Stanford University History Corner
Officials at Stanford University are investigating the campus’ second antisemitic in less than ten days, The Stanford Daily reported on Thursday.
On Wednesday, a swastika was etched into a metal panel in bathroom of History Corner, a century-old building on the northeast side of the Main Quad of campus. The incident followed the desecration of a undergraduate resident’s mezuzah on April 3.
Rabbi Jessica Kirschner of Hillel at Stanford, speaking to The Algemeiner on Friday called on administrators to create a plan of action for addressing antisemitism at Stanford University.
“These incidents keep happening, and this is totally unacceptable,” Kirschner said. “Clearly more work is needed to address a culture where individuals feel emboldened to behave this way, and where it is challenging to identify the perpetrators.”
Similar incidents at Stanford University have occurred several times this academic year. In March, a Jewish student found an image of Hitler and swastikas on their door on Friday, several university administrators confirmed in an email to the community. Other incidents include the removal of an Israeli flag from a display of others from across the world and the desecration of a mezuzah belonging to a graduate student. Most recently, on Feb. 28, someone graffitied swastikas, the n-word, and “KKK” in a men’s bathroom.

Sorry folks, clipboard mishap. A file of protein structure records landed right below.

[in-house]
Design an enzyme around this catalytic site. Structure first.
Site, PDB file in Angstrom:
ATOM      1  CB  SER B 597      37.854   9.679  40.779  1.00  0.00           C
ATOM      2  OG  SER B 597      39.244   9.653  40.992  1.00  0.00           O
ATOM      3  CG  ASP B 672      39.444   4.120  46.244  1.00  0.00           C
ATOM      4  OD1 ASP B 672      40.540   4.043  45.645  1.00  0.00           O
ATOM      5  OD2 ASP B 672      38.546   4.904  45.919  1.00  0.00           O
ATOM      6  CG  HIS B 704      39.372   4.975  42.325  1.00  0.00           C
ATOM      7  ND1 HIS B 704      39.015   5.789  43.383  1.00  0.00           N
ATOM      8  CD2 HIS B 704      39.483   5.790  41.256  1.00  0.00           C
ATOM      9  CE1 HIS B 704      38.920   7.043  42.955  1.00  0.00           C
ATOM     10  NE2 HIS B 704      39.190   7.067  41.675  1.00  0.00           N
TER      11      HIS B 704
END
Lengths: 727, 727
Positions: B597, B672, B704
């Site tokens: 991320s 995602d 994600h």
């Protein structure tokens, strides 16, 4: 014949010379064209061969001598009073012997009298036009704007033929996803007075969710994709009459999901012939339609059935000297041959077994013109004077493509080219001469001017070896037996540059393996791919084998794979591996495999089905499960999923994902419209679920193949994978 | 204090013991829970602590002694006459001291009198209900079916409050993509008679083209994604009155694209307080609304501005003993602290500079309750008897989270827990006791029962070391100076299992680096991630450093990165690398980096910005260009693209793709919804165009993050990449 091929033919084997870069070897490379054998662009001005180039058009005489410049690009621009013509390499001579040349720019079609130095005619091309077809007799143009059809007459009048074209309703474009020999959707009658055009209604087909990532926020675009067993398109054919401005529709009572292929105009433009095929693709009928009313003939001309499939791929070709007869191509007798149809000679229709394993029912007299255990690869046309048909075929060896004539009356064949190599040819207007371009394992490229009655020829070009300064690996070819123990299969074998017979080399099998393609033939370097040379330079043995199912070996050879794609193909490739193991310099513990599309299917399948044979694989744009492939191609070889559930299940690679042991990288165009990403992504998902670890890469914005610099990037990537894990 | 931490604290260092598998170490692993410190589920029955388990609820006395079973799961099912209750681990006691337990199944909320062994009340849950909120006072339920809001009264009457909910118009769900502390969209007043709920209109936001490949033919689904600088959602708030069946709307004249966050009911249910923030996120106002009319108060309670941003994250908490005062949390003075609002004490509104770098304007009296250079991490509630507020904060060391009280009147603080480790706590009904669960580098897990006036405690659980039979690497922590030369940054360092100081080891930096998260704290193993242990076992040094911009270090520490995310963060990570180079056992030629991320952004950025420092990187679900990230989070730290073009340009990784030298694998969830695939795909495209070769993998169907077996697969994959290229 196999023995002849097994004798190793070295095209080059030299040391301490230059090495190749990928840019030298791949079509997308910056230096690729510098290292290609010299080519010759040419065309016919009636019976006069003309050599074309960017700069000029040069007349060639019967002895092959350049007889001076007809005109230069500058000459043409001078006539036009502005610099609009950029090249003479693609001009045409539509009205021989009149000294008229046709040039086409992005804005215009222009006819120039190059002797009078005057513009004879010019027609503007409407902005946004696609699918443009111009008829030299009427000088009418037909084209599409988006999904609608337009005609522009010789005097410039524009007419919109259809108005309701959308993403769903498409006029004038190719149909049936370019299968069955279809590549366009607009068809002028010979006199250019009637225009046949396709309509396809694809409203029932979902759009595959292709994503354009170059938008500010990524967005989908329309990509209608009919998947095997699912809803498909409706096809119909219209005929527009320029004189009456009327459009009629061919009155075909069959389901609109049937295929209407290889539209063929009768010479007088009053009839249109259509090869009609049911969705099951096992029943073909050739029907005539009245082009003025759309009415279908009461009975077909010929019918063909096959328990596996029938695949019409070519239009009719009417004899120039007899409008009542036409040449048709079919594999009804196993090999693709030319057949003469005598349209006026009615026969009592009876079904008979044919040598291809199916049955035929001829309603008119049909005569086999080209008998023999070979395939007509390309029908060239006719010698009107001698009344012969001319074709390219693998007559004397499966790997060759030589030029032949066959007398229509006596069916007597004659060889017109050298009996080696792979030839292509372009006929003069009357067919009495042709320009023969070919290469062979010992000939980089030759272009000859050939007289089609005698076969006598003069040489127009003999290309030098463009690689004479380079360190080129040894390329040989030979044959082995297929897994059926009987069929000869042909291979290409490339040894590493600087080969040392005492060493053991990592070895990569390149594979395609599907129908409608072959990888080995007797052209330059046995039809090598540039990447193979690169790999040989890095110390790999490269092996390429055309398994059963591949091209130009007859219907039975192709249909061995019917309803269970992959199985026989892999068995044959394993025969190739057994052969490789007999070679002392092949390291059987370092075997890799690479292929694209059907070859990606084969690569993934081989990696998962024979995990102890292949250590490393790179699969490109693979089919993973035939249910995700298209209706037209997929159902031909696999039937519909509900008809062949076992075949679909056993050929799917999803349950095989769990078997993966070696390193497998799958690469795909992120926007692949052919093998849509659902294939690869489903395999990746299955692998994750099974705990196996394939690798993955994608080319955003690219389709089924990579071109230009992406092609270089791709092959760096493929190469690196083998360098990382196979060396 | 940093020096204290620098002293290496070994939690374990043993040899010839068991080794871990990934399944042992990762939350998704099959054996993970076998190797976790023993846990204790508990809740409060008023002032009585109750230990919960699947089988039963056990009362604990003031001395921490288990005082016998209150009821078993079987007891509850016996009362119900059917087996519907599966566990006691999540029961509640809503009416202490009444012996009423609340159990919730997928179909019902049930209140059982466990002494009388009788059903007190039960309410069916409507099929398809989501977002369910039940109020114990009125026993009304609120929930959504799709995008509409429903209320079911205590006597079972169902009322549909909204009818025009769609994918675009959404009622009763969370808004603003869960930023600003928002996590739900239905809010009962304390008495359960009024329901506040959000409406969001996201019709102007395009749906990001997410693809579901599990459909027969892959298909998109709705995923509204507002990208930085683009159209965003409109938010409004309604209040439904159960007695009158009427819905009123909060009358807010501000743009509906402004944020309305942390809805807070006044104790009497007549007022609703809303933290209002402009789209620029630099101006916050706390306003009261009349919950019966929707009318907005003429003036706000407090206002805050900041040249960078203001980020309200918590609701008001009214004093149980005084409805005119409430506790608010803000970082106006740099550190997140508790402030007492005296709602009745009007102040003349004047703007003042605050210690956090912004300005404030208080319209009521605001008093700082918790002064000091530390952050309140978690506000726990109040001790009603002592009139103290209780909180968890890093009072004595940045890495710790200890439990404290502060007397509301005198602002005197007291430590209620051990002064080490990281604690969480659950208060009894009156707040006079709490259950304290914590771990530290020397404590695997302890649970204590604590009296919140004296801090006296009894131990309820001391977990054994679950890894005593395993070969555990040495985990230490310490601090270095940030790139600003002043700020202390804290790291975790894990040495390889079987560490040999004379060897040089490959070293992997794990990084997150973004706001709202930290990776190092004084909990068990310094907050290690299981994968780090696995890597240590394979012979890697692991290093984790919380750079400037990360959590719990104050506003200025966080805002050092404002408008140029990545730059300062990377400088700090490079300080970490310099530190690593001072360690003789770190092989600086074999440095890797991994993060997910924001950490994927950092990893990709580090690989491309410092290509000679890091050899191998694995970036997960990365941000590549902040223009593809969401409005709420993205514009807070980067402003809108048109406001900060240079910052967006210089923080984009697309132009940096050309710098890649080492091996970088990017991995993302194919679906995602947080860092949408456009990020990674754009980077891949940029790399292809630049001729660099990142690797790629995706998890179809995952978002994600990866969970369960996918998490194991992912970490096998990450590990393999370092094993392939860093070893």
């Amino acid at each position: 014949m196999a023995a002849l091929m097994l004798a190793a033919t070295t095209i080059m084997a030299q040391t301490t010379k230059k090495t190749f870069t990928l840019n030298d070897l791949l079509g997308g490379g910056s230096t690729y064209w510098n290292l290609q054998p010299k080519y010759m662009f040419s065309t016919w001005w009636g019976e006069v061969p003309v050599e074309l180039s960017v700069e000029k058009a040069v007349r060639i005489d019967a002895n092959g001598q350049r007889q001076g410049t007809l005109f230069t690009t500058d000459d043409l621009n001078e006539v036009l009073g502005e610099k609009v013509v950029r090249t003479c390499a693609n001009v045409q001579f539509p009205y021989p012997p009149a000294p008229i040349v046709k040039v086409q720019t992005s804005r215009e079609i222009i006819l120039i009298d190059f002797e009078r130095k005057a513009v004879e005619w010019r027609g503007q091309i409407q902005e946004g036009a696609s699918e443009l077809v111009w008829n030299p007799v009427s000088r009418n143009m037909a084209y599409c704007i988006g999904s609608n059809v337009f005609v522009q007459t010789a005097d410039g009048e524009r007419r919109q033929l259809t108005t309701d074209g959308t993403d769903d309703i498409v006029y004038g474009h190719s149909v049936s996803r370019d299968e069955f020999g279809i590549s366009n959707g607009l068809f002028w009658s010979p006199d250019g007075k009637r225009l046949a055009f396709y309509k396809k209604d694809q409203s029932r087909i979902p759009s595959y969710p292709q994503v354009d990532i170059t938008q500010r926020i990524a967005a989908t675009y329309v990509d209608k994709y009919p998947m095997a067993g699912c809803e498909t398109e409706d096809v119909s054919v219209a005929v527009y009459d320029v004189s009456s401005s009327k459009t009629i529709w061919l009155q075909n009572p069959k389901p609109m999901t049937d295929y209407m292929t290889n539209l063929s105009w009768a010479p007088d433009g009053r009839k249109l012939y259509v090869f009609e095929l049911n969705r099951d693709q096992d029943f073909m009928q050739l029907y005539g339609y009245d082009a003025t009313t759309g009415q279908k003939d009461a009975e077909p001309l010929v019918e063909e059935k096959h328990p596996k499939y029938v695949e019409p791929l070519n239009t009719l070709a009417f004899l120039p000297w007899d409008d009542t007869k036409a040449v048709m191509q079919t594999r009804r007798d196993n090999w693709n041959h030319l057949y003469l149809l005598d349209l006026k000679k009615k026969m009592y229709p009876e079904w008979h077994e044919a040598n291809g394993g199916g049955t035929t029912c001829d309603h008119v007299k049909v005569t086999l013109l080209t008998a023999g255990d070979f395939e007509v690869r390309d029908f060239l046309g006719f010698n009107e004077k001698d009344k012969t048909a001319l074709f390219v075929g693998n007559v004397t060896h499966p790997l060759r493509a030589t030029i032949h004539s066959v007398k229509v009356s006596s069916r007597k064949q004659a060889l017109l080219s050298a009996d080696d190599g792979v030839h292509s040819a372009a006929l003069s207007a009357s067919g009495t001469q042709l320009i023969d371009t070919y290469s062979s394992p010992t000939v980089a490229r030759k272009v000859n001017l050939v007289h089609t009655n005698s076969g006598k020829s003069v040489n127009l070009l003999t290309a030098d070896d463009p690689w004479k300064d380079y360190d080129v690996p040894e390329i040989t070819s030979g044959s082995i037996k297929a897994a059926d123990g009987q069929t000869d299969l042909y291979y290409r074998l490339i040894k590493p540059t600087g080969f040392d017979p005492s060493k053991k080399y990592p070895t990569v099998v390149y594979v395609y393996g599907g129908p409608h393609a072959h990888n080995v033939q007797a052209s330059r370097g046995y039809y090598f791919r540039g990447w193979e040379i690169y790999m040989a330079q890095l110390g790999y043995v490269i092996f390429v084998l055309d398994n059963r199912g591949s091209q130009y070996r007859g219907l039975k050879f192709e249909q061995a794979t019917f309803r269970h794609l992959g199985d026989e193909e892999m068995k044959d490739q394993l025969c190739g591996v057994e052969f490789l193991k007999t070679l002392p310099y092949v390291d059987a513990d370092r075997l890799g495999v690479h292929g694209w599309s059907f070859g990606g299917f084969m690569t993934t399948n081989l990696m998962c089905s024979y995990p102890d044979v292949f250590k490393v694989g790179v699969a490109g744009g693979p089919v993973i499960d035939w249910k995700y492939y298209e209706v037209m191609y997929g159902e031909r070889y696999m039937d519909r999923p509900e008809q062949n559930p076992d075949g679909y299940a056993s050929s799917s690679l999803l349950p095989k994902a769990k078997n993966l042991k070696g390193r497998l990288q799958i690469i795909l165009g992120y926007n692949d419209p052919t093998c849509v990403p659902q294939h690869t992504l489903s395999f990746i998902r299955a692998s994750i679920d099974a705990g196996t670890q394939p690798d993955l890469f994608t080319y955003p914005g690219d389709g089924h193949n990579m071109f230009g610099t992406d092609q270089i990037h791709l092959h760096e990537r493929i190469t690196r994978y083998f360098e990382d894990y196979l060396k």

In January, a Stanford University student was photographed reading Adolf Hitler’s memoir, prompting a series of discussions about “its impact on the community.”
Stanford University is currently undertaking several efforts aimed at increasing the campus’ inclusion of and support for the Jewish community. In October, it issued a bombshell report in which it admitted to limiting Jewish enrollment in the mid-twentieth century.
On April 7, according to The Stanford Daily, university president Marc Tessier-Lavigne attended a Passover Shabbat organized by Hillel at Stanford, where he said, “I want to make it very clear that we will not tolerate antisemitism and the symbols of antisemitism here on campus. It is something we need to eradicate.”
Over 1,600 students at the university are Jewish, according to Hillel International.